50 Days of Grey(hound)
Hello! My name is Liam and as you may be able to tell from my dashing good looks and my lithe physique, I am a retired racing greyhound.
My three friends, Cyril, Ernie and Eddie and I have been sent to prison. But don’t worry, we reckon it is exactly what we need to get our lives back on track.
Cyril and I are living at Palen Creek Correctional Centre near Beaudesert and Ernie and Eddie are at Numinbah Correctional Centre in the Gold Coast hinterland.
We’ve been told we aren’t the first elite athletes to end up in prison, but we are totally down with rehabilitation and we really are committed to becoming very good dogs.
Being former racing greyhounds, we don’t really know how we should behave now that we are out in the big wide world. Our lives revolved around training and sleeping (we’re REALLY good at sleeping).
So when we retired, we were told that the prisoners here could help us, but just quietly, I think we are helping them, too. Because dogs are good like that. International research* says so.
Apparently we are going to live here with our prisoner foster carers, who are also trying hard to rehabilitate, for about six to eight weeks. That’s why I’m calling my blog 50 Days of Grey(hound).
After this, if we are good enough, we will receive a green collar, which means we are ready to go to our fur-ever home with a new loving family as a pet. They will love us as much as the prisoners do.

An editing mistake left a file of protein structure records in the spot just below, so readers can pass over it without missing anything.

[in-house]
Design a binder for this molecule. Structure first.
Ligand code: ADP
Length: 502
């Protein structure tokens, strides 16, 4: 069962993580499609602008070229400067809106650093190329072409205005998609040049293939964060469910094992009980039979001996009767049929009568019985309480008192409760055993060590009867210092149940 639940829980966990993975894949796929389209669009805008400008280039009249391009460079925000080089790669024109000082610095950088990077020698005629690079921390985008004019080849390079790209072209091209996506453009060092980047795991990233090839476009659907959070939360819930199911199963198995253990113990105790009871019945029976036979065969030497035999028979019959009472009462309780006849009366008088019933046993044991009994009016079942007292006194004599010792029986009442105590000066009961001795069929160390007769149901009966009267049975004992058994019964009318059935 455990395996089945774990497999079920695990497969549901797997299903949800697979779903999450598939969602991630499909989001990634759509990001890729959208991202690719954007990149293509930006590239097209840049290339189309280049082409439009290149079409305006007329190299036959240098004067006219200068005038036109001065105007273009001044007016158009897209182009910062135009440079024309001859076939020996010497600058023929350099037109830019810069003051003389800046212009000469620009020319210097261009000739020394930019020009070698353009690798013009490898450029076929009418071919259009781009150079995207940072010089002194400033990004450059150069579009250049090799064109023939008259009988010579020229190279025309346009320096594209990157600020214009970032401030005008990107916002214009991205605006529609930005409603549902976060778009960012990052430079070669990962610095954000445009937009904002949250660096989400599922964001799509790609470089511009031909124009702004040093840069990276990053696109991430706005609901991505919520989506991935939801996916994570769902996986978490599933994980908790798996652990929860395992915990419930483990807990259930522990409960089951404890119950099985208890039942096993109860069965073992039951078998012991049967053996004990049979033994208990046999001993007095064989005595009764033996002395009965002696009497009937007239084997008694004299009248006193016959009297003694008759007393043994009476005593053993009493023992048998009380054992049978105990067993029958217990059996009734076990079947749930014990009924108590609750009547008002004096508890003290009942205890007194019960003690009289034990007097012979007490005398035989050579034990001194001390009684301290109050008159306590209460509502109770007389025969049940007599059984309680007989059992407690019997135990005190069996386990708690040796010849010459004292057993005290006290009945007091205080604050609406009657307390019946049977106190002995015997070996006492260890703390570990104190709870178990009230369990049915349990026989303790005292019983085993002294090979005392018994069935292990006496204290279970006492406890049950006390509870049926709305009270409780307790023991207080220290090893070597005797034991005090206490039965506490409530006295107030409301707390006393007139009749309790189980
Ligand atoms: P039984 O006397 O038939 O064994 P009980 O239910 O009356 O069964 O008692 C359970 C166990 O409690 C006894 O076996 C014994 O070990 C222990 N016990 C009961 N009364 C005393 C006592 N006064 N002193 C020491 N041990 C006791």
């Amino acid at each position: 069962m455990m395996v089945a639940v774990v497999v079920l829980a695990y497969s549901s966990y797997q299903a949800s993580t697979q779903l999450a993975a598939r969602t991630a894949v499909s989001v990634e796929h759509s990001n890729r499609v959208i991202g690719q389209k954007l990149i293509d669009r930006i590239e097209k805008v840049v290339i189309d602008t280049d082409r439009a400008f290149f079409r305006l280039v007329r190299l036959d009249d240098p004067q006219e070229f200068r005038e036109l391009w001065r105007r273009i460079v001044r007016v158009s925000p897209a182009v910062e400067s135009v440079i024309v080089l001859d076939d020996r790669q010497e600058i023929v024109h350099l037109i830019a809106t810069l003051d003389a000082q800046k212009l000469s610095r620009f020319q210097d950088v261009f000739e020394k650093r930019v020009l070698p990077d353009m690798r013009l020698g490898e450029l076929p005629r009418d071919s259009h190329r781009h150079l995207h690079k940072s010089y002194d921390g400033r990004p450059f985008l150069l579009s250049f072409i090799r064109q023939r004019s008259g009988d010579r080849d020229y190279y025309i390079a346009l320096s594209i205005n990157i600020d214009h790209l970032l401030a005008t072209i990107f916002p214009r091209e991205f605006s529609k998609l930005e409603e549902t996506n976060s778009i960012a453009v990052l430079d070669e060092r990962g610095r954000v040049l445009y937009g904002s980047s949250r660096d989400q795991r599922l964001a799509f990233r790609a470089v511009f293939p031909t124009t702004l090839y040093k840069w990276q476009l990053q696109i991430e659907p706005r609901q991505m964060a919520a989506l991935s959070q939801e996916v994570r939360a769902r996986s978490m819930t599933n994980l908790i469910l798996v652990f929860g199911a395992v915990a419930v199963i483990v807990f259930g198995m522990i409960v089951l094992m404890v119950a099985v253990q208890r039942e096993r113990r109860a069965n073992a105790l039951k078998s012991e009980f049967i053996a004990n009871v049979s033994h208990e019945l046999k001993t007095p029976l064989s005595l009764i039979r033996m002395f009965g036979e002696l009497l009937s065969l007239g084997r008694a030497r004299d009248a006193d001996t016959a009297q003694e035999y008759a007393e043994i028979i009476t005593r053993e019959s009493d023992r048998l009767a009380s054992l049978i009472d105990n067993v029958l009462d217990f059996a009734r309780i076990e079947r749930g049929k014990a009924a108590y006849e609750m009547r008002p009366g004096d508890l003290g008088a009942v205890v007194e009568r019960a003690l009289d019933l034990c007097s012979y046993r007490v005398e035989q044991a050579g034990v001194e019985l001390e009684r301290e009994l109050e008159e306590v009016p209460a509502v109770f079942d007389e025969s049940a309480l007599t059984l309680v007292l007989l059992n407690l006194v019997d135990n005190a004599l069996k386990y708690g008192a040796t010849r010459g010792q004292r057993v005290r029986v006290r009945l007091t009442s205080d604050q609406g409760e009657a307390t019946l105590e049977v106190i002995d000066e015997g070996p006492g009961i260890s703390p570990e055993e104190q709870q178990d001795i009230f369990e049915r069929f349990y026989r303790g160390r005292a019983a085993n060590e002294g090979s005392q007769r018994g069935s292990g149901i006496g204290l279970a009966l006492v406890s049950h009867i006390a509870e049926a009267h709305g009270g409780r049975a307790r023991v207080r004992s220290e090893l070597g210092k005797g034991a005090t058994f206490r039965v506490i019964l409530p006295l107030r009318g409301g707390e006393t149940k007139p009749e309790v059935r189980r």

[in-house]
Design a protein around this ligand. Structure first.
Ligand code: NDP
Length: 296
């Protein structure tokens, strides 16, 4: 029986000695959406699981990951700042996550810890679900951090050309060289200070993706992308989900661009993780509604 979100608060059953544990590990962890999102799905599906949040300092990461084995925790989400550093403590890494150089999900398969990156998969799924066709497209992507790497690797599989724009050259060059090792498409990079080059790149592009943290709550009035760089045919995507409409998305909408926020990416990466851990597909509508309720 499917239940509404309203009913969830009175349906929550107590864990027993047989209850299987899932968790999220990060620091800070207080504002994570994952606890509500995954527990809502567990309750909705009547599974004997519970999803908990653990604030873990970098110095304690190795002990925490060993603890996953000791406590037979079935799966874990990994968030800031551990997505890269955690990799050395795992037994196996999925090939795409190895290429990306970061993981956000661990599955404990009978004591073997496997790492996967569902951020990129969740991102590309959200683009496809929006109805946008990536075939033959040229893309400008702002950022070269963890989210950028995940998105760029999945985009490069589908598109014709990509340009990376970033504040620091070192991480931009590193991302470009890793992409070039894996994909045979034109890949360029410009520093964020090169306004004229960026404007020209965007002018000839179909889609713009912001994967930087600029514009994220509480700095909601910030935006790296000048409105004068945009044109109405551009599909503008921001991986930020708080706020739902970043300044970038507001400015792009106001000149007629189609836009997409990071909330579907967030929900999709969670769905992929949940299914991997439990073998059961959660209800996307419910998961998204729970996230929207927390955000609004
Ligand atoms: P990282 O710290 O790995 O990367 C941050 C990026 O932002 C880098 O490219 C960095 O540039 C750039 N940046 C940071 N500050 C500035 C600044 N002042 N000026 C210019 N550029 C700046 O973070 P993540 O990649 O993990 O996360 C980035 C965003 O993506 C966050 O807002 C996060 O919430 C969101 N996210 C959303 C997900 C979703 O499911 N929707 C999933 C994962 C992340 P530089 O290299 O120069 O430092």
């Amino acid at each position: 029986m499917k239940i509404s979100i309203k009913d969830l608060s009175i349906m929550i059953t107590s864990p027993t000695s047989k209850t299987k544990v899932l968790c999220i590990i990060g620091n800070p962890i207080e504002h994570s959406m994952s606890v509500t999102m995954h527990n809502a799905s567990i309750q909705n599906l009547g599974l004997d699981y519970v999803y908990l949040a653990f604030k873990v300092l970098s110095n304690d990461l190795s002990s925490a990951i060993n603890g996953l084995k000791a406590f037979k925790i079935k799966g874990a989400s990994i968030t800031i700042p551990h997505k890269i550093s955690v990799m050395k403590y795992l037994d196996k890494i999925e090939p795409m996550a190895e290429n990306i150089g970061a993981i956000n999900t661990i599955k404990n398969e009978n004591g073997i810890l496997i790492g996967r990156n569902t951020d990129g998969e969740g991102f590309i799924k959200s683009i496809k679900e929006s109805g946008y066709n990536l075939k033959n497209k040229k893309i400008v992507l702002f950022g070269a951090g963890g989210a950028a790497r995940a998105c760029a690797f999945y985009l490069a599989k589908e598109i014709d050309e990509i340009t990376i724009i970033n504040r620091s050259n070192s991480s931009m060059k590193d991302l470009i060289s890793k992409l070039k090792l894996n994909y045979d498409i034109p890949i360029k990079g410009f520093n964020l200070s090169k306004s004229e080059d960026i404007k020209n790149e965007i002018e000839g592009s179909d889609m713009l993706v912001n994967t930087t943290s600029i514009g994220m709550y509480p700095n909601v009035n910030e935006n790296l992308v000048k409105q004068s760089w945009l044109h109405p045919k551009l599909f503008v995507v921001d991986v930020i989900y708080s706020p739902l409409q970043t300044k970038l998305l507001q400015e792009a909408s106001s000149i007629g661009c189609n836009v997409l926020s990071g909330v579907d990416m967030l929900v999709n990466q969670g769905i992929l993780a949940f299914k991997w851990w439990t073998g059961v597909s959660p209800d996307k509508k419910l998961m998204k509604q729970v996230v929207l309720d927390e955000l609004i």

Did you know that more than 200 greyhounds like me were rehomed by the Queensland Racing Integrity Commission’s Greyhound Adoption Program in the past year?
My friends and I are hoping to be the first to be rehomed in 2019 after we complete our prison sentence.
Every morning, my handler takes me for a walk to get lots of hugs and pats from the other people here. I love a good scratch and sometimes, I just can’t control my tail. That thing has a mind of its own, I swear!
We play games together, he baths me (not too keen on that bit) and between you and me, he even picks up after me!
I have tried making friends with the cattle and horses who live here, and the wallabies look like a lot of fun, but apparently good dogs don’t chase hop-hops, so I am working on learning to ignore them, because I want nothing more than to find my fur-ever home.
Apparently my handler is also learning lots of stuff that might mean he has a better chance of having a better life when he leaves here, as well. Someone said something about recidivism rates and how dogs improve prisoner’s outcomes, but they had a treat so I sort of lost interest.
Anyway, I look forward to giving you another update next Tuesday.
Pawprints and cold noses.
*International research shows that prisoners involved in dog handling programs are half as likely to reoffend post-release as those not involved in programs.